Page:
Oh, one last feature. Well, more of a non-feature, really. This approach is NOT going to fall down the hole of trying to be too clever with technology. Big databases of registered hubs, clever algorithms to find the nearest open at a particular time, lots of hyperlocal information that all has to be kept up to date, integration with online retailers so maps and hub addresses pop up in real-time as you check out in your cart, choice, choice, choice, choice? Forget it. FORGET IT. Have we learnt nothing? Keep this simple. If I ask for a community hub delivery, I’ll get one. It will be local. If it’s not, it won’t be offered. The absolute minimum technology required is a simple relationship between delivery postcode and hub postcodes. That requires a bit of work, sure. It may even be possible to delegate some of that work to the Royal Mail to coordinate (for a cut, of course). But please no great processes for submitting and managing complex data on some godalmighty database in the sky, or trying to offer too much detail to consumers. The interfacing and data maintenance issues will kill things before they’ve got off the ground. Clear?

So, here’s a practical, Big-Society-style-community-empowered idea. It puts customers and communities first. It needs the sort of robust and open approach to risk we all nod and say we’d like to see. It also needs a hefty great supplier, I’d say—an Amazon or similar—to try it out as an option.

Who’s up for it?

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6 Responses

  1. Not Real says:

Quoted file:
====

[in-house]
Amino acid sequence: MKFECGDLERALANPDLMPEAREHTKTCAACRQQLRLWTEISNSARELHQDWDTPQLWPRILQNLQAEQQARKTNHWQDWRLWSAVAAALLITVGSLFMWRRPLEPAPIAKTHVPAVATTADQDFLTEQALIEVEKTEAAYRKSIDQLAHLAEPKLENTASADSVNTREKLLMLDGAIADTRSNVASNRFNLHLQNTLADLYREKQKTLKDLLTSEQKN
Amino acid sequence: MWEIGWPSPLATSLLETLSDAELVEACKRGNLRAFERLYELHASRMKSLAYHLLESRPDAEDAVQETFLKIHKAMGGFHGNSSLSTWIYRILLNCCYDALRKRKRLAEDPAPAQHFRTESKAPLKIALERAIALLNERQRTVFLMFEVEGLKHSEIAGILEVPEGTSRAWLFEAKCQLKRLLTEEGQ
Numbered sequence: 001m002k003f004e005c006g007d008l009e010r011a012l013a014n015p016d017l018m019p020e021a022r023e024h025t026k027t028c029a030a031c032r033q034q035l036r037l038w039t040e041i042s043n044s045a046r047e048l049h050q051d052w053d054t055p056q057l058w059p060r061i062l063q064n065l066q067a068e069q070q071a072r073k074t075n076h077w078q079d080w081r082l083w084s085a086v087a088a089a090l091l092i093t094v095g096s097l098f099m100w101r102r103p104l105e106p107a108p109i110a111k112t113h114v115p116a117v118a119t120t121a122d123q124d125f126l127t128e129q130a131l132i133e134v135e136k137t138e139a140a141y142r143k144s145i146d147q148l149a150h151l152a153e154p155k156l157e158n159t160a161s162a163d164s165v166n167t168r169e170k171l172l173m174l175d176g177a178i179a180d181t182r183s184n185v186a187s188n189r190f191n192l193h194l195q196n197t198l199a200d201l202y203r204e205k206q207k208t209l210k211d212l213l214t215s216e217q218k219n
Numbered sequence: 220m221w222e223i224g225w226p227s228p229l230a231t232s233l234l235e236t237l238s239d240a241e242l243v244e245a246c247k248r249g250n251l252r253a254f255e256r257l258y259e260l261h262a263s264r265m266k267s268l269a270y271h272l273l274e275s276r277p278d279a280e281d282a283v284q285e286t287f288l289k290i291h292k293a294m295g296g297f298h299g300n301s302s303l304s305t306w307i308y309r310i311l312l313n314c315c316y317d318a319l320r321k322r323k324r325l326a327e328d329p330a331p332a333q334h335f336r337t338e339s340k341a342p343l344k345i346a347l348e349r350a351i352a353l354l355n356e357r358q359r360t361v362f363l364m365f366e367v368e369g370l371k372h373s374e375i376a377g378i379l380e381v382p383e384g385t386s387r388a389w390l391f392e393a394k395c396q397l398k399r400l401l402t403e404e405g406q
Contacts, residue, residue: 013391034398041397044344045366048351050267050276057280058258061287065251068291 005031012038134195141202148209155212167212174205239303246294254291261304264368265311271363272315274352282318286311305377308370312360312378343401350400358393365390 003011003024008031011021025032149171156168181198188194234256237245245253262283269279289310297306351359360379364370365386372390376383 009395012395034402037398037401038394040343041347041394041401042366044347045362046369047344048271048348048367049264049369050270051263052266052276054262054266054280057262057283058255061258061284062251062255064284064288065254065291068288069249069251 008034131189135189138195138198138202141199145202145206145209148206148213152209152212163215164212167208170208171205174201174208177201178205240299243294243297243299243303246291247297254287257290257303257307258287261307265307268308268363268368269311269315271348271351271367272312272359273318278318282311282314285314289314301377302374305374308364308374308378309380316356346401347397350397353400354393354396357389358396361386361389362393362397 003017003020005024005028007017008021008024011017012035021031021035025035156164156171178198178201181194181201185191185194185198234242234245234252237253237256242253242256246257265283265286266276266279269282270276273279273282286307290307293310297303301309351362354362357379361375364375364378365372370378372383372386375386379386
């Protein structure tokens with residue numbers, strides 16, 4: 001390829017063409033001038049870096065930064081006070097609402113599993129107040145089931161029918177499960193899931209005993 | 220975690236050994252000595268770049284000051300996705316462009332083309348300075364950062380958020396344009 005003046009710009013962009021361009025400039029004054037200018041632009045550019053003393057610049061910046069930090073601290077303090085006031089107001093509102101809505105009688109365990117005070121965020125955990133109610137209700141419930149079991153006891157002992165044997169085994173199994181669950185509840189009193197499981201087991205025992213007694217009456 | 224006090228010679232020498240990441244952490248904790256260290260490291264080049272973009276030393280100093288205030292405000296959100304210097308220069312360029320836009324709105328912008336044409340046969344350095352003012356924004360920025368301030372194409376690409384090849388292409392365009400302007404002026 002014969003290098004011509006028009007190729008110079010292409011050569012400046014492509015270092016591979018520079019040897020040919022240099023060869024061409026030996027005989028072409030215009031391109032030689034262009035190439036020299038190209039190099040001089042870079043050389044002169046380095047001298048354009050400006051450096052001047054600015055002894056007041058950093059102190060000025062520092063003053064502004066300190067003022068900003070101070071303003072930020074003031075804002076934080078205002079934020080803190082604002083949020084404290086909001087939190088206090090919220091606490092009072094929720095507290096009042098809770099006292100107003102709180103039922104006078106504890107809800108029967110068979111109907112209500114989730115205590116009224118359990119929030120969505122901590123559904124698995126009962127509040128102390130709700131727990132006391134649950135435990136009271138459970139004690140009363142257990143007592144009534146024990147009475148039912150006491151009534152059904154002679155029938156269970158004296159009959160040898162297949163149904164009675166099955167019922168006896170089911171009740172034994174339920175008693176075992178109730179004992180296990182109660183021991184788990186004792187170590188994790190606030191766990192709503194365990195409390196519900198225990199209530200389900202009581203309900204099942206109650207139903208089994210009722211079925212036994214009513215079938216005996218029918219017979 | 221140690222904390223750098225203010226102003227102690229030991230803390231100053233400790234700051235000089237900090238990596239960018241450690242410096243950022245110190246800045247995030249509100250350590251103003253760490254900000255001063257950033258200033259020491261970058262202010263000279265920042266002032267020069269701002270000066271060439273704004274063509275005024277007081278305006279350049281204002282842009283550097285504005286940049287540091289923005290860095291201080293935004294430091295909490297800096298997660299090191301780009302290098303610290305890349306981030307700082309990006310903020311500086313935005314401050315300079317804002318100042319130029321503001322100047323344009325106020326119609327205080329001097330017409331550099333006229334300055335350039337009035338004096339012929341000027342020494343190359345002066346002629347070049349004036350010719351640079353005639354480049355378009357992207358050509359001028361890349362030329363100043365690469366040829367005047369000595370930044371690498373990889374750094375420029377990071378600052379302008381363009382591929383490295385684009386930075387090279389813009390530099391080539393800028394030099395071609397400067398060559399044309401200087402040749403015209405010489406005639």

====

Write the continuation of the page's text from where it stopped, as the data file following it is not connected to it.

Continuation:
These guys seem to be up for it
    http://www.collectplus.co.uk/

  2. Anonymous says:

    Interesting, thanks. I’ve also been pointed towards http://www.useyourlocal.com – so there’s no shortage of interest on the local hub side. I wonder what it would take to get big distributors to bite?

  3. Charis says:

    I’d had a similar thought at one point, but using big local supermarkets as the hubs. The advantages are:
    – The bigger ones have long opening hours already and resilient to staff sickness etc
    – Storage space (currently used, of course, but if this was revenue generating then worth it)
    – Some have post offices already so its a logical extension of function
    – People go there anyway (eg to do their weekly shopping) so picking up parcels requires absolute minimum effort.

    And yes, this still has flaws. Some people don’t use supermarkets. Some aren’t that convenient. What if you want your delivery urgently, not next time you go shopping? But it would all be ‘solved’ by the choice aspect.

    It seems to me that this might be a way to get this started – set up hubs with an existing network to prove it works, and it could then be expanded to smaller more local areas once delivery companies and consumers see the benefits?

  4. Stuart Mills says:

    Scale. Where our pubs are getting involved it works a treat for everyone……and if consumers like the idea of picking up their parcels from their local pub, they just need to tell them about it next time their in for a pint.

  5. […] Paul Clarke has a more radical proposal. Rather than trying to fix the notification problem, why not tackle the root cause of a delivery […]

  6. Anonymous says:

    Parcelpickup.co.uk already does this.

    My abstract thought: Why are we trying to deliver things to places when we should be trying to deliver them to people (in many cases)? Is there any way that we could contrive a system to deliver physical goods to the owner of an email address where the physical delivery point for that email address was dynamically notified?

    e.g. I order something online. I don’t know exactly when it’s going to be despatched or delivered. If it’s going to be delivered Mon-Fri I’d like it at my town house. Otherwise, at my country house. (As if…)